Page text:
Evaluating Risk: 1

Many blogs spend an inordinate amount of time talking about risk, manliness, testosterone etc. I believe that most of such talk is worthless bullshit.

There is a fairly straightforward and objective way to assess risks for any given situation. So let me begin-

1. You simply cannot incorporate all low-frequency and high impact (black swan) events in any model of risk assessment.

Don’t waste you time worrying about such events- it is not worth it. The chance of being hit by lightning on a golf course is far less than being killed driving to, and from, a golf course.

2. Understand the true nature and occurrence of any given risk.

You are far more likely to drown while surfing than be attacked by a shark. Heck you are more likely to be die from food-poisoning acquired at a beach barbecue than be attacked by a shark. More people died from the 1918-1919 influenza epidemic than in ww1. Hunger, cold, heat, infectious diseases and infected wounds killed more soldiers until ww2 than any man-made weapon.

3. The odds for so-called ‘risky behavior’ changes over time and conditions.

Flirting with women in a large westernized city with over a million people is much less risky than doing so in a small town with 5,000-odd people. Unwanted pregnancy and STDs are much less of a threat than they were even 50 years ago. Hiking in the 10th century was far riskier (way more wild animals and outlaws) than it is today.

4. Though every action can have an extreme outcome (either way)- it is the median outcomes which should concern you.

There are people who have survived falls of more than 50 feet and there are people who have died after slipping in their bathtub- however there is a pattern. A very small percentage of people who fell over 50 feet on hard ground have survived, but most people who have slipped in their bathtub have escaped with minor and non-life threatening injuries.

5. Understand the median worst-case scenario (median loss) and median best-case scenario (median gain).

Following from the previous point- it is the median scenarios that are most likely and it is therefore useful to evaluate your willingness to accept the median loss and median gain. Getting contact info from a girl has a low rate of success (fucking her), but hardly any downside (unless you start talking her). Therefore even a situation with otherwise poor odds of success is acceptable if the median loss is very small or almost nonexistent. On the other hand, a marriage has a very high chance of failure or unhappiness and carries a massive penalty for failure- if you are a guy and should be hence avoided.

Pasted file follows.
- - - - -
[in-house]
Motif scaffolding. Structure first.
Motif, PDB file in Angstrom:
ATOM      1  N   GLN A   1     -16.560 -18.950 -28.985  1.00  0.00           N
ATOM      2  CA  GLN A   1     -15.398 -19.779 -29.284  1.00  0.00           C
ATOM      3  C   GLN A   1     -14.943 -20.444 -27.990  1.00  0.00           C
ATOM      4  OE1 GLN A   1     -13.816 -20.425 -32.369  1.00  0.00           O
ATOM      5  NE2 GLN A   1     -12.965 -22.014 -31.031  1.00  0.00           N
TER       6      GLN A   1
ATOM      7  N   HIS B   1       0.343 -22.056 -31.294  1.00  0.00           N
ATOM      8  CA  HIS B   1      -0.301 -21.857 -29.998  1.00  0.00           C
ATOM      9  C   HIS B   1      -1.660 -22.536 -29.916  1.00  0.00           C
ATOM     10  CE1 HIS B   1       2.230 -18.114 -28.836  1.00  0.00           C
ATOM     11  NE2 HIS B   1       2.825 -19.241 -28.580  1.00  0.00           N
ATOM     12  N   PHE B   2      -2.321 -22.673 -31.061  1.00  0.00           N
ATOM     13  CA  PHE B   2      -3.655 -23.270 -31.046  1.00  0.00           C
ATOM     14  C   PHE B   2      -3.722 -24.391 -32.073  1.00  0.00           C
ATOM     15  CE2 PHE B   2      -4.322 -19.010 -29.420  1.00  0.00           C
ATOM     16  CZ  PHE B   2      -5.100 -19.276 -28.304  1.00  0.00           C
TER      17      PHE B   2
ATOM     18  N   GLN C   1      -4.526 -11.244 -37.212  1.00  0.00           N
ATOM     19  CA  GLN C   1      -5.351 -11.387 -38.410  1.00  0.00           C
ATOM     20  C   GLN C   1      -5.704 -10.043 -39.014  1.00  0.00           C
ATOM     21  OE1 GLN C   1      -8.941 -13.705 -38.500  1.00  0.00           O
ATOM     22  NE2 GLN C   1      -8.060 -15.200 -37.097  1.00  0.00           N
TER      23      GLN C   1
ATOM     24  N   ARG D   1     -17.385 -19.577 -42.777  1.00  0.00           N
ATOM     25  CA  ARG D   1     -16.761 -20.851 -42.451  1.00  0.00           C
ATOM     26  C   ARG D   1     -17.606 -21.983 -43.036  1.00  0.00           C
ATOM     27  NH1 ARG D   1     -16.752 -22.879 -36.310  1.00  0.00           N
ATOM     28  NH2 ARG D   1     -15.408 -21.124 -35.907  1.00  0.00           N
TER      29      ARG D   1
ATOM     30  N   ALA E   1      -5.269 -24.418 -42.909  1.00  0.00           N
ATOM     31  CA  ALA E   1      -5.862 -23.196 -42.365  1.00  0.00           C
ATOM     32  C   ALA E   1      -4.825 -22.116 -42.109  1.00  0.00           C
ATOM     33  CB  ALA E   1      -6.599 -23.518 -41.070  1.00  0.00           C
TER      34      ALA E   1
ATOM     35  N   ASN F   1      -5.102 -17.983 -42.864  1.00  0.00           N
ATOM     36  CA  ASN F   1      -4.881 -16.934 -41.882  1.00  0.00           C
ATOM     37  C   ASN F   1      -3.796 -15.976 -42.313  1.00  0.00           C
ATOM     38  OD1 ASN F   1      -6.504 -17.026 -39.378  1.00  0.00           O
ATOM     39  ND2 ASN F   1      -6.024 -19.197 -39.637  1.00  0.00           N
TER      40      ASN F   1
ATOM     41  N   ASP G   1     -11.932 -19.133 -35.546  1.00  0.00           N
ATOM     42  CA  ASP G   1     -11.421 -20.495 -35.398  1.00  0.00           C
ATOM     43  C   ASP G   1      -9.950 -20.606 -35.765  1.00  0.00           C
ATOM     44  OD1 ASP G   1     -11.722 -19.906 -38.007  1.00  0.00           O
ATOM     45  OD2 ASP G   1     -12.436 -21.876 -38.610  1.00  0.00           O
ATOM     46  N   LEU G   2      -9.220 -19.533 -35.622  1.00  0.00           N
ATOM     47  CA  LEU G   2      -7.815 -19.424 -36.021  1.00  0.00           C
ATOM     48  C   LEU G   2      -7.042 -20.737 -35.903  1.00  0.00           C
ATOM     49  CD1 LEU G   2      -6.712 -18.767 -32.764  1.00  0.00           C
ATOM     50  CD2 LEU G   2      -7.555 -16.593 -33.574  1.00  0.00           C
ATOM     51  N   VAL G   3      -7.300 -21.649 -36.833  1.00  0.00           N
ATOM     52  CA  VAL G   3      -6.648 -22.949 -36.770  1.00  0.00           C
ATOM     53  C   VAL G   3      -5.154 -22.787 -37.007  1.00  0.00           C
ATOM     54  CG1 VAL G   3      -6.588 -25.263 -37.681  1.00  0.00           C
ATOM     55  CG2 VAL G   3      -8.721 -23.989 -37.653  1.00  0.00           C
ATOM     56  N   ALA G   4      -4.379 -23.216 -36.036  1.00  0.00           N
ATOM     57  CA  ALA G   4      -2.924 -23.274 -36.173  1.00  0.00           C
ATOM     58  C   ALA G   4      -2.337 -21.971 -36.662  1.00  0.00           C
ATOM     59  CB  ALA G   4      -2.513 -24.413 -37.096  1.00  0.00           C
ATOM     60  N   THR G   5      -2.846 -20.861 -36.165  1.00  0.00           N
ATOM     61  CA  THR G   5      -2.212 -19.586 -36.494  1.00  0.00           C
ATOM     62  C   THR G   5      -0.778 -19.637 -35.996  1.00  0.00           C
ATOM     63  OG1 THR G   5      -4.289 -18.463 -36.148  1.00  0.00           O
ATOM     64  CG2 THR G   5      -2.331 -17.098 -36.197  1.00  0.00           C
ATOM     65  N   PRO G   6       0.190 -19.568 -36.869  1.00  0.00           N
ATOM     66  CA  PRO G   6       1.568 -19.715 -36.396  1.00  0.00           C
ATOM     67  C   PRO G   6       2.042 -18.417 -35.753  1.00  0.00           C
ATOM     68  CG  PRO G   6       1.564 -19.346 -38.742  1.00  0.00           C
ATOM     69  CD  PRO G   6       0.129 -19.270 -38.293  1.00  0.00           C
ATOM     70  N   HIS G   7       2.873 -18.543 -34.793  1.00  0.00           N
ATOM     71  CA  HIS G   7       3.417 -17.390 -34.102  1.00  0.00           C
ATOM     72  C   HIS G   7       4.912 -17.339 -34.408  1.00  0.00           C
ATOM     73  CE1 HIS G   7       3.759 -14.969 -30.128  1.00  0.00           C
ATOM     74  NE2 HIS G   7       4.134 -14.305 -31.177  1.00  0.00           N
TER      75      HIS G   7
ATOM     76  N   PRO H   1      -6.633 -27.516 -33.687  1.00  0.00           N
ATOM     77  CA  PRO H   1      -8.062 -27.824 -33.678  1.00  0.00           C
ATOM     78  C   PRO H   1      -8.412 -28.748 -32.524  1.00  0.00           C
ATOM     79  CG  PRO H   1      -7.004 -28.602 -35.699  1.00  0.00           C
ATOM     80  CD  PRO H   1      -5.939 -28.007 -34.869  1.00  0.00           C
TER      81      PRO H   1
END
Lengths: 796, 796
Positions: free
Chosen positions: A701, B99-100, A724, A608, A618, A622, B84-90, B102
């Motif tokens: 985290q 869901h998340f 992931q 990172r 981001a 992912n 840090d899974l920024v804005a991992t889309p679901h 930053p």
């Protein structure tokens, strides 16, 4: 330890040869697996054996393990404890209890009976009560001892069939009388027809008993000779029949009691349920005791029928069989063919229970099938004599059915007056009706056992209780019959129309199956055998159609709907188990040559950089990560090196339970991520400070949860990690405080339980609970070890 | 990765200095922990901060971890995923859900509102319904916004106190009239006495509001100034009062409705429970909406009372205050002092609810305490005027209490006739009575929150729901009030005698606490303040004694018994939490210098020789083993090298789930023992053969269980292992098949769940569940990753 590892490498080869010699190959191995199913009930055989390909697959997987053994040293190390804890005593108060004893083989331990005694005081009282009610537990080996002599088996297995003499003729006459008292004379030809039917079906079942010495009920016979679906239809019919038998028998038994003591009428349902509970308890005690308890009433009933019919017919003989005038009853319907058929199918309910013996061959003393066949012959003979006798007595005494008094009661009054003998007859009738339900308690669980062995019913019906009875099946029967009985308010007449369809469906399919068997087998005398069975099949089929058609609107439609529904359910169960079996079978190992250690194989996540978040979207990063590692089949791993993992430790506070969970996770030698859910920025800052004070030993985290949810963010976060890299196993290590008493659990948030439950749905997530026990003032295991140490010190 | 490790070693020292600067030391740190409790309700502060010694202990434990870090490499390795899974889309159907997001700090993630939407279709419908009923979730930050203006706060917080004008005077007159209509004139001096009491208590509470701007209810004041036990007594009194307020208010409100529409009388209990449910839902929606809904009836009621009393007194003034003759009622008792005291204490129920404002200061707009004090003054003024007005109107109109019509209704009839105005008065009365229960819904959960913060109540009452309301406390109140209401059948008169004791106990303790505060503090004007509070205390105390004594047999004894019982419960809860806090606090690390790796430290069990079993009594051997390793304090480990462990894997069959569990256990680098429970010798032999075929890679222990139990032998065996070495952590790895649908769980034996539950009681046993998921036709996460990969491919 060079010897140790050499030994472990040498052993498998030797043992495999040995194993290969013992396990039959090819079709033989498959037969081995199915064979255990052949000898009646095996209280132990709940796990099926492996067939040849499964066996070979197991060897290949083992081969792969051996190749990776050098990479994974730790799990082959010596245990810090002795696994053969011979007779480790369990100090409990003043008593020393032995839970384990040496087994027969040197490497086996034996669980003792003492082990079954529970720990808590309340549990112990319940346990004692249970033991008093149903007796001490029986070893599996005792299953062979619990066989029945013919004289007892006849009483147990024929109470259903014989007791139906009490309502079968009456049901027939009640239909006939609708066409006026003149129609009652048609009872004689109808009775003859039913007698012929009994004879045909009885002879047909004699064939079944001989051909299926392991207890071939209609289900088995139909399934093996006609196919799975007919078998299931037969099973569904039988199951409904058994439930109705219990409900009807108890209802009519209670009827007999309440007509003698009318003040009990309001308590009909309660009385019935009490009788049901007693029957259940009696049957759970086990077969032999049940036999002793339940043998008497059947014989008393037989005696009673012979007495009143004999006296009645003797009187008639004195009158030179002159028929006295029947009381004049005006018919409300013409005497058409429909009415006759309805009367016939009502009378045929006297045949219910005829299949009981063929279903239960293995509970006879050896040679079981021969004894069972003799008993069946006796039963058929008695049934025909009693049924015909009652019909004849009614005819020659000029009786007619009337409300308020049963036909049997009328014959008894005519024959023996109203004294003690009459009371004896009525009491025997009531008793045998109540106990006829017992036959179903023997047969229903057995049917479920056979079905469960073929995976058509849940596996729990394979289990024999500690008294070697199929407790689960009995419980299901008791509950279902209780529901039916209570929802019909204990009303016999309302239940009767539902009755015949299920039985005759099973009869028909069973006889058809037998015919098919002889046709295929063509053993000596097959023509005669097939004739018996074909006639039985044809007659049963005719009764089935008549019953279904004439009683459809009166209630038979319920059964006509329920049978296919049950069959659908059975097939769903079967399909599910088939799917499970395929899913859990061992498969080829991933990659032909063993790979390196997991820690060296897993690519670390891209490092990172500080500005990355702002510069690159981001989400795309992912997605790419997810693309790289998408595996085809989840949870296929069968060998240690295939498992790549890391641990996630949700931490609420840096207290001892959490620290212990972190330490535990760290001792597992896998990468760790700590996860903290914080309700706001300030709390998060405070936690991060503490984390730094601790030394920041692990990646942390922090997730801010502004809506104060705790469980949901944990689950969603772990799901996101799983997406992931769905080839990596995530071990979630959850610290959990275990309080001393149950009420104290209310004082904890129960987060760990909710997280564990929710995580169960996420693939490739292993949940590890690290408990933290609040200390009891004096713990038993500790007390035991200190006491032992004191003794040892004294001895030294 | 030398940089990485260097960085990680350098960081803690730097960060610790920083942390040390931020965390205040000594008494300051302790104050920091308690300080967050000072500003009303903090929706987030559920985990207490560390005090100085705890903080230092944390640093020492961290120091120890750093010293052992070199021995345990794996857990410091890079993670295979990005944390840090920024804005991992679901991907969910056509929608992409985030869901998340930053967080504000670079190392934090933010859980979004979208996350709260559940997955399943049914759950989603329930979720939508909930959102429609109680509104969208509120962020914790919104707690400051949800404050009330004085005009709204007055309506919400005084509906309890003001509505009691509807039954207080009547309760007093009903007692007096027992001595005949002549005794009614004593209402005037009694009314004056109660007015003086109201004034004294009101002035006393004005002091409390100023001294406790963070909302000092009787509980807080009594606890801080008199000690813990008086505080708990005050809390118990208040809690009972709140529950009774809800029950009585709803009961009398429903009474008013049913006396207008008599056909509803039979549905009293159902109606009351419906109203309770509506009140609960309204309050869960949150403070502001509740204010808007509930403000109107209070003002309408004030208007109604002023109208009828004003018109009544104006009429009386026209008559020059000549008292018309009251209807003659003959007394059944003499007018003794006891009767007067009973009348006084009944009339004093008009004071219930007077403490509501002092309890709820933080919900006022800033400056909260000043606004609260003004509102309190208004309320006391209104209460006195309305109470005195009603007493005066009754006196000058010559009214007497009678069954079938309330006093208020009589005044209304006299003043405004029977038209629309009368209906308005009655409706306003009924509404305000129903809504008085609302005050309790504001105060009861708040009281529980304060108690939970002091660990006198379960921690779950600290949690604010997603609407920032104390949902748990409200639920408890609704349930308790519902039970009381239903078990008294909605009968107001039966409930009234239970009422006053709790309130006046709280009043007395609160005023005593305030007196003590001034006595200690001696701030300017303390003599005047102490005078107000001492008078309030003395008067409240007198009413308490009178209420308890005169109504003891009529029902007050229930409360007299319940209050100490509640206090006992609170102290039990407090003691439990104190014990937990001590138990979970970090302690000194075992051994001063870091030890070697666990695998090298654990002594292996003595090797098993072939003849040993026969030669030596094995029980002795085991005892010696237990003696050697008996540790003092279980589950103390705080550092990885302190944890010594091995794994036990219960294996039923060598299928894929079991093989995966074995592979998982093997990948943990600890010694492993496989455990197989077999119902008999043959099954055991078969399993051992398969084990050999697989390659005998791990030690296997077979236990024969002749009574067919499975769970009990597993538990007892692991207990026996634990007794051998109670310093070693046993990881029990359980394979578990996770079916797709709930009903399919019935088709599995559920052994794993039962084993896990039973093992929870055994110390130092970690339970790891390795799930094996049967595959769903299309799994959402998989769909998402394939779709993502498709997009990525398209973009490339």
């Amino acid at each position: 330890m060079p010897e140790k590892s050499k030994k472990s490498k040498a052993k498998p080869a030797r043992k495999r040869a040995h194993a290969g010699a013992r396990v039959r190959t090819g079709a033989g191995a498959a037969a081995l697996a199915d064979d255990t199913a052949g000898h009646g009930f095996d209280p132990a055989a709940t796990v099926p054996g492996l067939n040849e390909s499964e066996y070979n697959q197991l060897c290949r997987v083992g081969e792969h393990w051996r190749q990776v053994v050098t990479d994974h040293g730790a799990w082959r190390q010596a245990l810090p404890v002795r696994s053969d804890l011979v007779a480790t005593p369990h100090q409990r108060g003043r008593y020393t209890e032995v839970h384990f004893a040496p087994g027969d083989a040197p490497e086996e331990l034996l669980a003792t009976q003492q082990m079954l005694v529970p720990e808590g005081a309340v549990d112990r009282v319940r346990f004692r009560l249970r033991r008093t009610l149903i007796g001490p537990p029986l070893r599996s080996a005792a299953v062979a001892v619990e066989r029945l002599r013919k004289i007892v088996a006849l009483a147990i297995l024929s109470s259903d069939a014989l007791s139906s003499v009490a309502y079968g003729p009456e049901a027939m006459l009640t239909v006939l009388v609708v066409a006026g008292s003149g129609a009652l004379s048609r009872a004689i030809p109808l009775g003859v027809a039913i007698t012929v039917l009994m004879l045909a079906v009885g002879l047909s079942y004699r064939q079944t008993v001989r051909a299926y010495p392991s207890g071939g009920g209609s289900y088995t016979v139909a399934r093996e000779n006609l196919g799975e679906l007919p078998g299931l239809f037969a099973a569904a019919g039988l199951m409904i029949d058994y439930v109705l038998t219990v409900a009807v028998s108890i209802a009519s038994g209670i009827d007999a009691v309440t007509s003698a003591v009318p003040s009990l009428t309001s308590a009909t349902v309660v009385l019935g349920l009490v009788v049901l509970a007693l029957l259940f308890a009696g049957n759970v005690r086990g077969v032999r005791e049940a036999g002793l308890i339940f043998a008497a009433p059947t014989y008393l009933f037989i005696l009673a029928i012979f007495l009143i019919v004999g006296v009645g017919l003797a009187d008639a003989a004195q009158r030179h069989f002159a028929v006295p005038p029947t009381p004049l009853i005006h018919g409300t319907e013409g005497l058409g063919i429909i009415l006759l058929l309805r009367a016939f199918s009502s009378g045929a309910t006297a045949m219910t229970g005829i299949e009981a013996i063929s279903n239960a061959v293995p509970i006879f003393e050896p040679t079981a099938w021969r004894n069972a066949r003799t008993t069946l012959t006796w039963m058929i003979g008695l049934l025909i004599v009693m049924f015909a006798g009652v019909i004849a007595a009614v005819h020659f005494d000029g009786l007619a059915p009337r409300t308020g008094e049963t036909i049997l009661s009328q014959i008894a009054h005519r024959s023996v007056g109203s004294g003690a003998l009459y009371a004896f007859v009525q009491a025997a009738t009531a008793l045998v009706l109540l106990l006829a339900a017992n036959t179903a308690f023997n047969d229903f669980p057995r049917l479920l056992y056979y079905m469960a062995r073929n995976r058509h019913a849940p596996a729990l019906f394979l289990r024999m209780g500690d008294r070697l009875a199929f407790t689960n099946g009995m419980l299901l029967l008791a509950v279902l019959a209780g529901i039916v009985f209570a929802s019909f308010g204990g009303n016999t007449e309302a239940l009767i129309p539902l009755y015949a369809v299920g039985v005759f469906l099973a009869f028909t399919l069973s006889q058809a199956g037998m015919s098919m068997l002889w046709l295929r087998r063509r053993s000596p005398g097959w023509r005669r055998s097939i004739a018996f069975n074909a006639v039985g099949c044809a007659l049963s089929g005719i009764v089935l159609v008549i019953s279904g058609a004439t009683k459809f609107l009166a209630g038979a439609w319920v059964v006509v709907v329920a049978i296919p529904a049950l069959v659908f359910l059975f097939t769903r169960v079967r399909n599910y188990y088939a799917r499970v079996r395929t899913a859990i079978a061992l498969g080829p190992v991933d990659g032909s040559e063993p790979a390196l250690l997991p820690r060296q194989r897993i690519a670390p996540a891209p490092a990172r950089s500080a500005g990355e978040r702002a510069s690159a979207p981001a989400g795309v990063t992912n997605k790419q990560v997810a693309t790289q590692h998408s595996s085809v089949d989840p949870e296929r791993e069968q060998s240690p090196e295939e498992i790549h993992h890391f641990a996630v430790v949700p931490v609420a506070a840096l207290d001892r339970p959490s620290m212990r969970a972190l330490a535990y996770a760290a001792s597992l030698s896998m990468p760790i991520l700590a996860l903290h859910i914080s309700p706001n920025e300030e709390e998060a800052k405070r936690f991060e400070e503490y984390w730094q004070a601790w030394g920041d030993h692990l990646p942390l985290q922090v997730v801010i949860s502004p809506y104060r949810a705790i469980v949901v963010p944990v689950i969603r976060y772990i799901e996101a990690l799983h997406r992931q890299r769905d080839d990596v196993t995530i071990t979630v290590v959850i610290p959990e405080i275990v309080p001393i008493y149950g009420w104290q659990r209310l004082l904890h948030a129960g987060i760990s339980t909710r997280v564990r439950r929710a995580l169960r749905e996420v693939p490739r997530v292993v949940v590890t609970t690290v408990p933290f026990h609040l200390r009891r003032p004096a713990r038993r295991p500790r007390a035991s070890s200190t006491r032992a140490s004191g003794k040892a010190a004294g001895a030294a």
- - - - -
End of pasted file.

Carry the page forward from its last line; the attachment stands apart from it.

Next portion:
6. Do not use old information, however accurate, to model the future without factoring system changes since that era.

Once engineering was a good career choice with good pay, excellent job stability and social respectability. Today.. it is only a pale shadow of its former self. The same can be said about law school, chemistry and even medicine. Once society did not look up to smooth-talking sociopaths as emulation worthy models. Today the vast majority of people look up to, imitate and worship such people.

I will try to write more about this issue in an upcoming post.


  1. blackdude
    June 15, 2011 at 3:58 pm

    “Once society did not look up to smooth-talking sociopaths as emulation worthy models. Today the vast majority of people look up to, imitate and worship such people.”

    aaaaaaaand THIS is why im leaving america…..

    • June 15, 2011 at 5:06 pm

      You will be disappointed. The rest of the world is not better.

      • blackdude
        June 15, 2011 at 7:52 pm

        yeah ur probably rite, but it would be impossible for shit to be worse than where I am now…..

  2. June 15, 2011 at 6:50 pm

    It is interesting that you talk about sociopath’s so often….

    It is also interesting, since I mentioned this at Nestorius’s blog that sociopath’s can be seen as charismatic, glib and often have many sex partners. Maybe an effective goal for PUA’s would be to emulate sociopathy/narcissism.

    Anyways, Mr. Crapacoli…


  1. June 19, 2011 at 1:18 am

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